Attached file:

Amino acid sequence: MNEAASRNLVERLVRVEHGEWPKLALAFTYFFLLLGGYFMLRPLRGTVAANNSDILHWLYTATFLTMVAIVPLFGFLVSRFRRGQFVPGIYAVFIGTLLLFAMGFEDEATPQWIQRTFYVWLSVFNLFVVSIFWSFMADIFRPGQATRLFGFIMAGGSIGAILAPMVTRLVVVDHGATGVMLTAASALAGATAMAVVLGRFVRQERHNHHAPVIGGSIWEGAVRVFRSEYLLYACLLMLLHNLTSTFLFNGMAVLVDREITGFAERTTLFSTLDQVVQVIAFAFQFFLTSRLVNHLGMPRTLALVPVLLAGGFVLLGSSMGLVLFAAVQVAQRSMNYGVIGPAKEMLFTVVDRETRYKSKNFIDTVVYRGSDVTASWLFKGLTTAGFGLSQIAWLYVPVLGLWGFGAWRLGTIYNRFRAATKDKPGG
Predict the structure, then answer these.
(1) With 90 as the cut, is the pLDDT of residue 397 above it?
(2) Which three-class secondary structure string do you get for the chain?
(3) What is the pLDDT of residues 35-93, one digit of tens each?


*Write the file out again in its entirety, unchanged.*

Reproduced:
Amino acid sequence: MNEAASRNLVERLVRVEHGEWPKLALAFTYFFLLLGGYFMLRPLRGTVAANNSDILHWLYTATFLTMVAIVPLFGFLVSRFRRGQFVPGIYAVFIGTLLLFAMGFEDEATPQWIQRTFYVWLSVFNLFVVSIFWSFMADIFRPGQATRLFGFIMAGGSIGAILAPMVTRLVVVDHGATGVMLTAASALAGATAMAVVLGRFVRQERHNHHAPVIGGSIWEGAVRVFRSEYLLYACLLMLLHNLTSTFLFNGMAVLVDREITGFAERTTLFSTLDQVVQVIAFAFQFFLTSRLVNHLGMPRTLALVPVLLAGGFVLLGSSMGLVLFAAVQVAQRSMNYGVIGPAKEMLFTVVDRETRYKSKNFIDTVVYRGSDVTASWLFKGLTTAGFGLSQIAWLYVPVLGLWGFGAWRLGTIYNRFRAATKDKPGG
Predict the structure, then answer these.
(1) With 90 as the cut, is the pLDDT of residue 397 above it?
(2) Which three-class secondary structure string do you get for the chain?
(3) What is the pLDDT of residues 35-93, one digit of tens each?